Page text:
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DAVID G. COGAN; Corneal Vascularization. Invest. Ophthalmol. Vis. Sci. 1962;1(2):253-261.
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© ARVO (1962-2015); The Authors (2016-present)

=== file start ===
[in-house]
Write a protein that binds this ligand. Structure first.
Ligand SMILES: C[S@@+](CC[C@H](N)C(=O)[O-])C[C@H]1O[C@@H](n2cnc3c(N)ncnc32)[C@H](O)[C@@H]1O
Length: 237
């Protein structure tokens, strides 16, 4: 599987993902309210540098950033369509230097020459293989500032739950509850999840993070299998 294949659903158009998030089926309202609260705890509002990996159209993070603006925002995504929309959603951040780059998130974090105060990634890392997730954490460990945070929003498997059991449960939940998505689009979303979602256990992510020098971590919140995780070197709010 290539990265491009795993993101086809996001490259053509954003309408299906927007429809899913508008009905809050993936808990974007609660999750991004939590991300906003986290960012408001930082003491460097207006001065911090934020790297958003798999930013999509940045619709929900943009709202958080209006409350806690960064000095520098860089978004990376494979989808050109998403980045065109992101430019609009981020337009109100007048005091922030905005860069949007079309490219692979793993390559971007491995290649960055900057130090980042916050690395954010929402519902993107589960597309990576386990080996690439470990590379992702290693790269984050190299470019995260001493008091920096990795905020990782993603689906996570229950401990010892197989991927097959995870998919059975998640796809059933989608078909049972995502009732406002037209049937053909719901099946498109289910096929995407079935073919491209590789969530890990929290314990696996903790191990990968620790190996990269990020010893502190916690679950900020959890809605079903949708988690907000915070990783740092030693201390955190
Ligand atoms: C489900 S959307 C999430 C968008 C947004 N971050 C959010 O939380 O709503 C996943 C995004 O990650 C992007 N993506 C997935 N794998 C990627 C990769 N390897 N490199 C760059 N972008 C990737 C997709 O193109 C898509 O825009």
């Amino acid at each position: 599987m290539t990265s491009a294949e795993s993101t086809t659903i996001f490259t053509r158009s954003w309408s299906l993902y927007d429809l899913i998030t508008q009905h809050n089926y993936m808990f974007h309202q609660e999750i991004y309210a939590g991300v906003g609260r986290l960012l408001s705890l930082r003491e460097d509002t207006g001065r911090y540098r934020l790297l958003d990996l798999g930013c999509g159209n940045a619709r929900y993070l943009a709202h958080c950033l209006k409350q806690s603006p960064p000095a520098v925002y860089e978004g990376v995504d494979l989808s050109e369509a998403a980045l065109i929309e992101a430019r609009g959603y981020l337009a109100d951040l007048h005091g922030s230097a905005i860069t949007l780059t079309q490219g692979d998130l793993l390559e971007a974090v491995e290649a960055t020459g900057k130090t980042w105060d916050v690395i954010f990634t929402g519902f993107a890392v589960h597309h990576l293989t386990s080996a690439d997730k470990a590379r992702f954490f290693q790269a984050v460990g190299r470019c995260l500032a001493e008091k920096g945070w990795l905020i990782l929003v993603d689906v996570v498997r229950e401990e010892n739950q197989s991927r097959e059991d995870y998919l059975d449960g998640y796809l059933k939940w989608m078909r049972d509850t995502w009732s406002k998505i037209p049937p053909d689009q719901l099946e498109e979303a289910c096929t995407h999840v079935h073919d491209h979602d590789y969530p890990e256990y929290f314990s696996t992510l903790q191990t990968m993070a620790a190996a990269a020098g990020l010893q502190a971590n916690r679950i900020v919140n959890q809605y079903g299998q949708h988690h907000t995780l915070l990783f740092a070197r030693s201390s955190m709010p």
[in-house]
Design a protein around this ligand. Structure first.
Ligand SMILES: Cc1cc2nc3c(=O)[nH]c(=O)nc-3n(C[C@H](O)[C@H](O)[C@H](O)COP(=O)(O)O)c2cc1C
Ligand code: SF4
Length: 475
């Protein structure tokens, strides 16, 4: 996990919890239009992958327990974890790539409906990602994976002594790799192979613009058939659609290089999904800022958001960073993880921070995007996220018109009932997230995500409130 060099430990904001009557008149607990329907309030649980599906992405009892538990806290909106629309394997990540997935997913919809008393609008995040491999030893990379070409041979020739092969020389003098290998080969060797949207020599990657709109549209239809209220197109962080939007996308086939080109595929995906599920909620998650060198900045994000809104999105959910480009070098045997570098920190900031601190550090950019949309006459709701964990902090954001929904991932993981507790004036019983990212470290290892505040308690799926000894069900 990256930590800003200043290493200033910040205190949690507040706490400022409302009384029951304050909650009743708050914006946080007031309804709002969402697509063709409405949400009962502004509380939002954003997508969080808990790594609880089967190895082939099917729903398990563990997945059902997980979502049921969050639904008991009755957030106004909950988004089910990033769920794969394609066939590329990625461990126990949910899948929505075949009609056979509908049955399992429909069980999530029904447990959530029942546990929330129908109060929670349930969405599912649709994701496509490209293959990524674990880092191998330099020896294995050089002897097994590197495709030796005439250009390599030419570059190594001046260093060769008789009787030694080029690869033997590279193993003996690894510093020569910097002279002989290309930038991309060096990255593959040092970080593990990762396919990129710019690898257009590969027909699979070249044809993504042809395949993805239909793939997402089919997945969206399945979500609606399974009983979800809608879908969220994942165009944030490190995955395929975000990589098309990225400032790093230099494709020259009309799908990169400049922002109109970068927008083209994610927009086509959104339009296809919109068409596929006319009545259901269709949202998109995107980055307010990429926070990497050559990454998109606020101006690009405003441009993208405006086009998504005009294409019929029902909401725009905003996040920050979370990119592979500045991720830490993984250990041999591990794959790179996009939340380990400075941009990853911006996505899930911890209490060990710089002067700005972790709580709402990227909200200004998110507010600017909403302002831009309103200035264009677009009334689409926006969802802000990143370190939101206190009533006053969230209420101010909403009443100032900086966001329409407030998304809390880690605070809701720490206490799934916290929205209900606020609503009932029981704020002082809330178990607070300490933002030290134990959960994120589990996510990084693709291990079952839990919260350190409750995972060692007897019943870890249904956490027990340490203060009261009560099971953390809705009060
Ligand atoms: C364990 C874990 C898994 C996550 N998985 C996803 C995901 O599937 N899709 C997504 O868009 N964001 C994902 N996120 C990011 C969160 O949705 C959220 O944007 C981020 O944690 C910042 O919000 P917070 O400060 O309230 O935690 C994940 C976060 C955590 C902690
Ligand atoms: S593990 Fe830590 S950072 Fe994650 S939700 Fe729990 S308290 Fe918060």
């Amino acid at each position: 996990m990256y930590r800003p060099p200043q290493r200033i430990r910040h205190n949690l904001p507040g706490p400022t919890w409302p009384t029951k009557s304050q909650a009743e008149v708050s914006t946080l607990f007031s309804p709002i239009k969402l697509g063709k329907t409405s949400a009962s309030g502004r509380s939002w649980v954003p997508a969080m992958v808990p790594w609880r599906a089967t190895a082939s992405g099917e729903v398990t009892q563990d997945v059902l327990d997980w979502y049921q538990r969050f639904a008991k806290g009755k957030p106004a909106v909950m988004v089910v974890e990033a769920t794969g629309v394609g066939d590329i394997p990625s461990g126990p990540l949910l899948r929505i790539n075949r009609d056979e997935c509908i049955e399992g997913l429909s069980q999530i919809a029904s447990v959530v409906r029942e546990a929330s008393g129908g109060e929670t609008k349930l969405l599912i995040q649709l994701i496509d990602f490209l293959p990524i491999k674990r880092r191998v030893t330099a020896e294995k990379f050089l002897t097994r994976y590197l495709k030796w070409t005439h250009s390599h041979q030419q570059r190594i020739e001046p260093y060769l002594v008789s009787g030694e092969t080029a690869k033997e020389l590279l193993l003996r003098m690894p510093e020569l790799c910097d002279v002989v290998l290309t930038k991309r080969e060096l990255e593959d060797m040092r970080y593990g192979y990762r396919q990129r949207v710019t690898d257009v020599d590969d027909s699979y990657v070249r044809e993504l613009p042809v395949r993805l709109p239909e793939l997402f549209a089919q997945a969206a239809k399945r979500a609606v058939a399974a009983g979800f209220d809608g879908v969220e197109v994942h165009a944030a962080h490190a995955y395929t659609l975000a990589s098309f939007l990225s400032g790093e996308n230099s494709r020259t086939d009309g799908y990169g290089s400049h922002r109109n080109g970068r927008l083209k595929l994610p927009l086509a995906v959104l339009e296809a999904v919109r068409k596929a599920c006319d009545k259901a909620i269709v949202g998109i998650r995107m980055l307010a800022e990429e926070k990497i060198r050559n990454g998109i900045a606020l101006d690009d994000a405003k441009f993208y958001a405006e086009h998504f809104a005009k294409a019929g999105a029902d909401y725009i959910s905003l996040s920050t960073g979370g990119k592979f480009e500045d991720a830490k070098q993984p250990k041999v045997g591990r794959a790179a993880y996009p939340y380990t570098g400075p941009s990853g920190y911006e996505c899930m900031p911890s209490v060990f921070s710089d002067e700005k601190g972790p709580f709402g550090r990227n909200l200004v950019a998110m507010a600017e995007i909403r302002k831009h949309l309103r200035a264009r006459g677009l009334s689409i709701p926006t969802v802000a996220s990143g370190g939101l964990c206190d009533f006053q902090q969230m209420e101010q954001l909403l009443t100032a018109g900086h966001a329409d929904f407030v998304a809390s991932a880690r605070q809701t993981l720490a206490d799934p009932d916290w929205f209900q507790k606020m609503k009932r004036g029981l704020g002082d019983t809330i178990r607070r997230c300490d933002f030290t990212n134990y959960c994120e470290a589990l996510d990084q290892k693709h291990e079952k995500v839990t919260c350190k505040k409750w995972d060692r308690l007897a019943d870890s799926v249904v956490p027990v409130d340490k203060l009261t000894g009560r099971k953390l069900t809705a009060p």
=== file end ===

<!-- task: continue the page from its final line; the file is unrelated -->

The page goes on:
Superficial vascularization of the cornea consists of a pannus of granulation tissue separating the epithelium from Bowman's membrane. It comprises loops of vessels that appear to migrate by direct extension. Interstitial vascularization consists of vessels that are oriented by reason of the collagenous framework of the cornea and are, in consequence, brushlike. The origin of vessels appears to follow swelling of the stroma in the vicinity of preformed vessels. Nevertheless, vessels will not penetrate a necrotic focus where the tissue has become hyalinized. Interstitial vascularization of the human cornea has its counterpart in experimental vascularization of the rabbit cornea. A regular sequence of events occurs characterized by sacculation of the proximal venules and capillaries followed by multiple minute hemorrhages, profligate formation of new capillaries, and eventual consolidation of these capillaries into a few loops extending toward the lesion. Aside from its optical effects, interstitial vascularization causes the cornea to lose its antigenic immunity, diminishes its capacity to develop epithelial edema, and increases its liability to fat deposition. Deep vascularization consists of a lamina of vessels between the stroma and Descemet's membrane. It has no special significance other than that of being a part of interstitial vascularization.
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